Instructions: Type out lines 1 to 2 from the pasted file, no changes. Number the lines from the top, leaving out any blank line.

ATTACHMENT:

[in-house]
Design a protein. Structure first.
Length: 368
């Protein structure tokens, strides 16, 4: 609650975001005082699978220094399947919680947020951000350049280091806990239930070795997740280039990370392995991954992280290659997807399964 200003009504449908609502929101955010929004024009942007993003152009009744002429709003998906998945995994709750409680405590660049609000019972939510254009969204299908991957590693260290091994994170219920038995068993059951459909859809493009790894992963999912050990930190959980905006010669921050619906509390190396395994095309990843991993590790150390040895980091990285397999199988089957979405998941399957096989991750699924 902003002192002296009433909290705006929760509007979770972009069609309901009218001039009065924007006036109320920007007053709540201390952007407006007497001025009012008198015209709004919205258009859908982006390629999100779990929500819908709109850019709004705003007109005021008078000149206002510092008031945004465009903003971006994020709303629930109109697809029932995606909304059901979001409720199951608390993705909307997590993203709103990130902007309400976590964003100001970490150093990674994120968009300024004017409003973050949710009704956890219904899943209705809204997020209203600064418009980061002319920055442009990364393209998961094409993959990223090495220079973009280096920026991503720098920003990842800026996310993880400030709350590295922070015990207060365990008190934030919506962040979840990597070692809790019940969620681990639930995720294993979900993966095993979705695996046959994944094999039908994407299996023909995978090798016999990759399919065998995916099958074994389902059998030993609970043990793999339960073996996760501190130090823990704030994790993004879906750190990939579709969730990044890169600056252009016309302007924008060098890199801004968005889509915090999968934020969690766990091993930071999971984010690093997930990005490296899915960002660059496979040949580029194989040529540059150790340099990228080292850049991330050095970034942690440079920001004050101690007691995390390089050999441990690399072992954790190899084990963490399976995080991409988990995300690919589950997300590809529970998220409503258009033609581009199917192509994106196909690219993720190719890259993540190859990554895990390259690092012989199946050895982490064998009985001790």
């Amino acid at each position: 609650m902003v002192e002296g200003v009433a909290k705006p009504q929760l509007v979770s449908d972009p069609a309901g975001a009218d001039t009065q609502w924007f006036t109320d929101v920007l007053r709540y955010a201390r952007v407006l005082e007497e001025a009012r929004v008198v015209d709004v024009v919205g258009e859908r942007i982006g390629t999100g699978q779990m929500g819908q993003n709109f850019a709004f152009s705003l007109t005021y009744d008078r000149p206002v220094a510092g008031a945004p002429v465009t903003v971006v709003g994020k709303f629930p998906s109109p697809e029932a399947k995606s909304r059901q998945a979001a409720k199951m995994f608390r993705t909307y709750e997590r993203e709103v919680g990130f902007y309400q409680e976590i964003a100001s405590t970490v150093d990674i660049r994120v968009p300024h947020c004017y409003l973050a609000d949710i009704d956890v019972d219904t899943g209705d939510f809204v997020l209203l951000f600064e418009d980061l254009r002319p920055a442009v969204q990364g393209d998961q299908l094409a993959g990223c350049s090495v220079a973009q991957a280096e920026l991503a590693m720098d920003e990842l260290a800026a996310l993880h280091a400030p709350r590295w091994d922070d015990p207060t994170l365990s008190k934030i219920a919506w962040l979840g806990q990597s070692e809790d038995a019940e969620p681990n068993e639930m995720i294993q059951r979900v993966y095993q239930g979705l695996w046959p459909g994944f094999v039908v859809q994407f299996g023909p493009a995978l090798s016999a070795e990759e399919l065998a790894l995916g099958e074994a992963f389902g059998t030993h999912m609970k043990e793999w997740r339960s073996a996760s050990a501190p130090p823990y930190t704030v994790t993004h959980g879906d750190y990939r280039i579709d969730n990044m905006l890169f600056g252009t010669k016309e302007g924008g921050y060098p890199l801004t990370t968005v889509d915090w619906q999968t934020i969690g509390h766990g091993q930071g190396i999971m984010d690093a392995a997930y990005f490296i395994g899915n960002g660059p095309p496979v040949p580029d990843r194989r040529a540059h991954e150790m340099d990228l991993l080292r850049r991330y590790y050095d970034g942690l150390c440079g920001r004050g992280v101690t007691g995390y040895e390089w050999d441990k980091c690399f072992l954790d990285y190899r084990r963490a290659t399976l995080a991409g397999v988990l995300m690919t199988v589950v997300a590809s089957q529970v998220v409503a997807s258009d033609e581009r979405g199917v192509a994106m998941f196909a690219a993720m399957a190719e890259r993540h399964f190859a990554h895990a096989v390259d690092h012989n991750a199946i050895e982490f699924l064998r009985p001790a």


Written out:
[in-house]
Design a protein. Structure first.